progenitor

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English[edit]

Alternative forms[edit]

Etymology[edit]

From Middle English, from Middle French progeniteur (Modern French progéniteur), from Latin progenitor, from progenitus, perfect participle of progignere (to beget), itself from pro- (forth) + gignere (to beget).

Pronunciation[edit]

  • (UK) IPA(key): /pɹəʊˈdʒɛn.ɪ.tə/, /pɹəˈdʒɛn.ə.tə/
  • (US) IPA(key): /pɹoʊˈdʒɛn.ɪ.tɚ/, /pɹəˈdʒɛn.ə.tɚ/

Noun[edit]

progenitor (plural progenitors)

  1. A forefather, any of a person's direct ancestors
  2. An individual from whom one or more people (dynasty, tribe, nation...) are descended.
    Abraham alias Ibrahim is the progenitor of both the Jewish and Arab peoples.
  3. (biology) An ancestral form of a species
  4. (figuratively) A predecessor of something, especially if also a precursor or model.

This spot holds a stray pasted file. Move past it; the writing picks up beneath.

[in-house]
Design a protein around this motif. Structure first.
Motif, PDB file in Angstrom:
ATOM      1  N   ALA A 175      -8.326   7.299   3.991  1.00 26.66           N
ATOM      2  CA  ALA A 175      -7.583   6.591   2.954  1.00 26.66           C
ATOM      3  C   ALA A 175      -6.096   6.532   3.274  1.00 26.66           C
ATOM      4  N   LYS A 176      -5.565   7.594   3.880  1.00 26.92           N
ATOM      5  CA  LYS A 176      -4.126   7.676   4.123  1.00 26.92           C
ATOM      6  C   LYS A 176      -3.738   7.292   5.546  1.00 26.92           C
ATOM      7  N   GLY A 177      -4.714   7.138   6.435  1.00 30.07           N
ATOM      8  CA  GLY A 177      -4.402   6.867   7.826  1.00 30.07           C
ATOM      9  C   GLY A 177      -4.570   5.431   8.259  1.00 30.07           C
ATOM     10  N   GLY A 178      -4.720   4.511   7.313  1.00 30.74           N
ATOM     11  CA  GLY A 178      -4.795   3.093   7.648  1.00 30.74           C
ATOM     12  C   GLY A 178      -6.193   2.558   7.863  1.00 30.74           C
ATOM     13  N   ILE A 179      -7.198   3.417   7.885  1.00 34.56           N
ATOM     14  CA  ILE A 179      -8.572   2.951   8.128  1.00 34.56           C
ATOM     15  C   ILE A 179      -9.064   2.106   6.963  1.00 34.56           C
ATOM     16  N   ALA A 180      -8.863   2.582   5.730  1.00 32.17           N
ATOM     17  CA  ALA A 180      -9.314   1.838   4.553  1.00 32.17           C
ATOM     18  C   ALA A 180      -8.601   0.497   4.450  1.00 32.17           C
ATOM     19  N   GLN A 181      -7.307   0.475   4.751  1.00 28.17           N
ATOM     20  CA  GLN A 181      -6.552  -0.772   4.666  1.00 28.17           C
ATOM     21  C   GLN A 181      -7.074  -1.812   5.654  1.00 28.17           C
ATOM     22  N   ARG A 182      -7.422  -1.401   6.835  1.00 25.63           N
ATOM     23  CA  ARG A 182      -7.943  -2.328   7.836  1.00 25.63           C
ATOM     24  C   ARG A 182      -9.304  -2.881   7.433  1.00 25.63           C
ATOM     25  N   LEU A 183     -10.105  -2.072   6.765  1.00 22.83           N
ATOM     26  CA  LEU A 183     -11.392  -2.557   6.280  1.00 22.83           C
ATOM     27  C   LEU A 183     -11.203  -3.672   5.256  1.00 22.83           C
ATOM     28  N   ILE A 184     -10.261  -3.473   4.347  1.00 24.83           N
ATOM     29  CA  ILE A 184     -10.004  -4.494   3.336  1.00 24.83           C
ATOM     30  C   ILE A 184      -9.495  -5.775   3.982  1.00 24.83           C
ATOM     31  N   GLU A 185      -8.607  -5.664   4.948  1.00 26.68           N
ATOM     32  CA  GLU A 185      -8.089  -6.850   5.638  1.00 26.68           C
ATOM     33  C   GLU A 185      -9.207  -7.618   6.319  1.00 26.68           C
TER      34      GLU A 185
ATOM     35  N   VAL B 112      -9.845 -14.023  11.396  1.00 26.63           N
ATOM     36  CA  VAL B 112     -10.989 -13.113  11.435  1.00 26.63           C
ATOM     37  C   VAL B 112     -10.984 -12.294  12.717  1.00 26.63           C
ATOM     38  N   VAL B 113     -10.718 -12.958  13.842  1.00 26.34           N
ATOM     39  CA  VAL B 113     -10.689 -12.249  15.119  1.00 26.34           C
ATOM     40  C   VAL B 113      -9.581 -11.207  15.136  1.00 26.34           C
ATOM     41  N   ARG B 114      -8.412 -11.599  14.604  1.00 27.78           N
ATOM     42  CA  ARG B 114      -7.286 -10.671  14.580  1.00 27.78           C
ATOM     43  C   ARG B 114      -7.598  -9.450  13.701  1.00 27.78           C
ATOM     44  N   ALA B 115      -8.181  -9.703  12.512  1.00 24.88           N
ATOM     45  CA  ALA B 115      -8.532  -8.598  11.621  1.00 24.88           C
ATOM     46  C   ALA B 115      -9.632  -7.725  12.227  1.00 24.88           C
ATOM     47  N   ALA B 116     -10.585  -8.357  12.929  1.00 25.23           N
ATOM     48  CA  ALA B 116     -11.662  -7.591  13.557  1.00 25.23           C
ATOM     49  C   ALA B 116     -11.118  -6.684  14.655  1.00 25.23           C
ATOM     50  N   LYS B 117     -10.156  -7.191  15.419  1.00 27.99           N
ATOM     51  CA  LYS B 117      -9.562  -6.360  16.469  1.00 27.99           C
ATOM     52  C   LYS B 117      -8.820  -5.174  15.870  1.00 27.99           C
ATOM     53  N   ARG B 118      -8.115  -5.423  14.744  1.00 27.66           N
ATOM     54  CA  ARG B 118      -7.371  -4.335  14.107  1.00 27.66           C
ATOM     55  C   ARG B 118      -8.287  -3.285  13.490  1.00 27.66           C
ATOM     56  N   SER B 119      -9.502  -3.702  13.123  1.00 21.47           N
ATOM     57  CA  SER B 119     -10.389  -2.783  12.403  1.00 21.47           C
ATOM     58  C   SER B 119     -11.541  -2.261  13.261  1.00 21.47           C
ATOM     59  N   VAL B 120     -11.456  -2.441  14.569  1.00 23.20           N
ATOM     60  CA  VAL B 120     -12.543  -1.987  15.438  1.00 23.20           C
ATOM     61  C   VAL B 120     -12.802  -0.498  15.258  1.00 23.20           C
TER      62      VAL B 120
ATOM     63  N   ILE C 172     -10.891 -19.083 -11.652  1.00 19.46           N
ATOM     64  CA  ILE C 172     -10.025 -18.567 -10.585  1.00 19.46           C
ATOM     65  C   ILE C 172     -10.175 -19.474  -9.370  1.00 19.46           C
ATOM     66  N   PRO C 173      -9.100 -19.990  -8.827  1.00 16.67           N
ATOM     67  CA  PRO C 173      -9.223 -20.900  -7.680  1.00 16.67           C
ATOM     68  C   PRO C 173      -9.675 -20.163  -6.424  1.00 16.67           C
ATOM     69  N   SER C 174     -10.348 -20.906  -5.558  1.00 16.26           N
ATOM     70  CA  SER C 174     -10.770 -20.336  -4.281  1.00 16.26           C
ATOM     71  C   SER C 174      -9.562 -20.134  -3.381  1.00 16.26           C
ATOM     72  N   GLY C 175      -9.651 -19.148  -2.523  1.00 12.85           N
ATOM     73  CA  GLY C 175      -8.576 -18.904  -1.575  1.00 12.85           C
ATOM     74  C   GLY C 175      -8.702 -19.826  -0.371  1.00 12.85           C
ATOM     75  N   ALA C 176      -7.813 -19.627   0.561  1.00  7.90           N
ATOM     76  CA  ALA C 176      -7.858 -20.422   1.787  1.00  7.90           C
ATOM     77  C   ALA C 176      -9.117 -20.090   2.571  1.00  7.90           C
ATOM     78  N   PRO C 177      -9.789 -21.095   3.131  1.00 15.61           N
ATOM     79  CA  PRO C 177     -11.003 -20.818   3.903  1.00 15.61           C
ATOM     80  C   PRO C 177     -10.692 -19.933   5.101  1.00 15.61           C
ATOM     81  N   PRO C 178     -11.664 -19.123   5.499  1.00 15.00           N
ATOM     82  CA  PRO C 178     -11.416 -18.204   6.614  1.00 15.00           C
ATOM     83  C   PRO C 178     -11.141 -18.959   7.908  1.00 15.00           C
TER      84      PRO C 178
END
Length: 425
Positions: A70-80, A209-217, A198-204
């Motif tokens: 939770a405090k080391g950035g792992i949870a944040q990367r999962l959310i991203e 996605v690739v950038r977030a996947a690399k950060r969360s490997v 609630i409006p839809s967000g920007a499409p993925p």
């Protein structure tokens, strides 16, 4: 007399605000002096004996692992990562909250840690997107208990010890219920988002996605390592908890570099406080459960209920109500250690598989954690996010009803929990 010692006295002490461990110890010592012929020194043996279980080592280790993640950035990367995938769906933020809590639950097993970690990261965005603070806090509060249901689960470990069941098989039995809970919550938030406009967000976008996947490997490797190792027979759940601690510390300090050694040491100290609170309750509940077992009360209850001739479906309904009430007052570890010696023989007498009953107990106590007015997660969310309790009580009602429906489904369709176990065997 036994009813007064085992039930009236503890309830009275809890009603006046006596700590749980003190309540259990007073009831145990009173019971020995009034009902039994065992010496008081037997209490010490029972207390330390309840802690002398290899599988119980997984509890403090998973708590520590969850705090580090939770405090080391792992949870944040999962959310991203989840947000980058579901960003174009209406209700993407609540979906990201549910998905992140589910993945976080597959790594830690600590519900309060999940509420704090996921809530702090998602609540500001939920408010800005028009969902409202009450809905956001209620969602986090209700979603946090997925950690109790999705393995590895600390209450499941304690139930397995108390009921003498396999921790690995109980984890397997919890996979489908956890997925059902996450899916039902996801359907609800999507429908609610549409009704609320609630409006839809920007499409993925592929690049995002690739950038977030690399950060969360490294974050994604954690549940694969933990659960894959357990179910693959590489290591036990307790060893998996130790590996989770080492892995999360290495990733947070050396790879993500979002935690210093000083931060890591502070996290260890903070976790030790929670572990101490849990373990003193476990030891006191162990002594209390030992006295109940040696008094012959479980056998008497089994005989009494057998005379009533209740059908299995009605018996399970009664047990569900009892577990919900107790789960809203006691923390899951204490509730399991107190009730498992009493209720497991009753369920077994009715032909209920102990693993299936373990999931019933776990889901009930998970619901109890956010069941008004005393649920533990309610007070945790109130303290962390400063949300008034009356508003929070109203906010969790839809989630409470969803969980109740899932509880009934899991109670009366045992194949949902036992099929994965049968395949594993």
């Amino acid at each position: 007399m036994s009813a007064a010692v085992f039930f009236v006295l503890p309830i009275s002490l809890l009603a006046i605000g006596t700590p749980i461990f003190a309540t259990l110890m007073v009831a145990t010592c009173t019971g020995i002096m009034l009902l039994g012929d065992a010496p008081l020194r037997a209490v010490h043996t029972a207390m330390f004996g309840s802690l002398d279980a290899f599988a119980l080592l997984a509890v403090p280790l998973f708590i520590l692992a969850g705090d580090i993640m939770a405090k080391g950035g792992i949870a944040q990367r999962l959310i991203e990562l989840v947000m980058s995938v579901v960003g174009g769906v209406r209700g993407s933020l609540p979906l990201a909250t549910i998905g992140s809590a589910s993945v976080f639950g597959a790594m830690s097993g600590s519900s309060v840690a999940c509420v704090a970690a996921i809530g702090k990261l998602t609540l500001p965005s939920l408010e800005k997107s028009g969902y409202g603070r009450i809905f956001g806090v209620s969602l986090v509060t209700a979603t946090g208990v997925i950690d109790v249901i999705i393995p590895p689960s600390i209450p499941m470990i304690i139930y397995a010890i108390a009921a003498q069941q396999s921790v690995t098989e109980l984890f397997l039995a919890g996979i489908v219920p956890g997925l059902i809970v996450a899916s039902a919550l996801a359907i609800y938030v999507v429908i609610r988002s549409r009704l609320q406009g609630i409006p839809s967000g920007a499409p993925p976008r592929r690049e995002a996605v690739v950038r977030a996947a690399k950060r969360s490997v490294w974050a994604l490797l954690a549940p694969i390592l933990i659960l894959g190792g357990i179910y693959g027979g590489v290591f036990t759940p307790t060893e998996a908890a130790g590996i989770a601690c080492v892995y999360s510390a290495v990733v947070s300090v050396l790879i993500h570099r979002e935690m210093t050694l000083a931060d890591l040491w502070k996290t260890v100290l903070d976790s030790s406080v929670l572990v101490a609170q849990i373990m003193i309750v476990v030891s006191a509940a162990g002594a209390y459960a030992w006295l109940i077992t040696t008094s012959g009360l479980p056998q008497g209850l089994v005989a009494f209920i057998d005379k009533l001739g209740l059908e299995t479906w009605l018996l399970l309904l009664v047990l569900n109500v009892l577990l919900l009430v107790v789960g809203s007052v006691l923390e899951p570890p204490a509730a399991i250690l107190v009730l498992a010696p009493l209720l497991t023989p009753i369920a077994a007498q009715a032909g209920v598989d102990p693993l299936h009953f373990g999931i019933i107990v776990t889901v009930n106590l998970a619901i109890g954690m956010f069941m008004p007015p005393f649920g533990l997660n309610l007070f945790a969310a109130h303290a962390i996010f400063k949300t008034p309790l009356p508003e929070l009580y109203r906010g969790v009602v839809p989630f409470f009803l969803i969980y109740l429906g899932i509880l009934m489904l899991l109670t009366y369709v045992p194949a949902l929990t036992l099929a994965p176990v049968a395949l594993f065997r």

ARPANET was the progenitor of the Internet.
  5. (figuratively) Someone who originates something.
  6. A founder

Derived terms[edit]

Related terms[edit]

Translations[edit]

The translations below need to be checked and inserted above into the appropriate translation tables, removing any numbers. Numbers do not necessarily match those in definitions. See instructions at Help:How to check translations.

Latin[edit]

Etymology[edit]

From pro- +‎ genitor.

Pronunciation[edit]

Noun[edit]

prōgenitor m (genitive prōgenitōris); third declension

  1. (rare) ancestor, progenitor

Declension[edit]

Third declension.

Number Singular Plural
nominative prōgenitor prōgenitōrēs
genitive prōgenitōris prōgenitōrum
dative prōgenitōrī prōgenitōribus
accusative prōgenitōrem prōgenitōrēs
ablative prōgenitōre prōgenitōribus
vocative prōgenitor prōgenitōrēs

References[edit]

  • progenitor in Charlton T. Lewis & Charles Short, A Latin Dictionary, Oxford: Clarendon Press, 1879

Spanish[edit]

Noun[edit]

progenitor m (plural progenitores, feminine progenitora)

  1. progenitor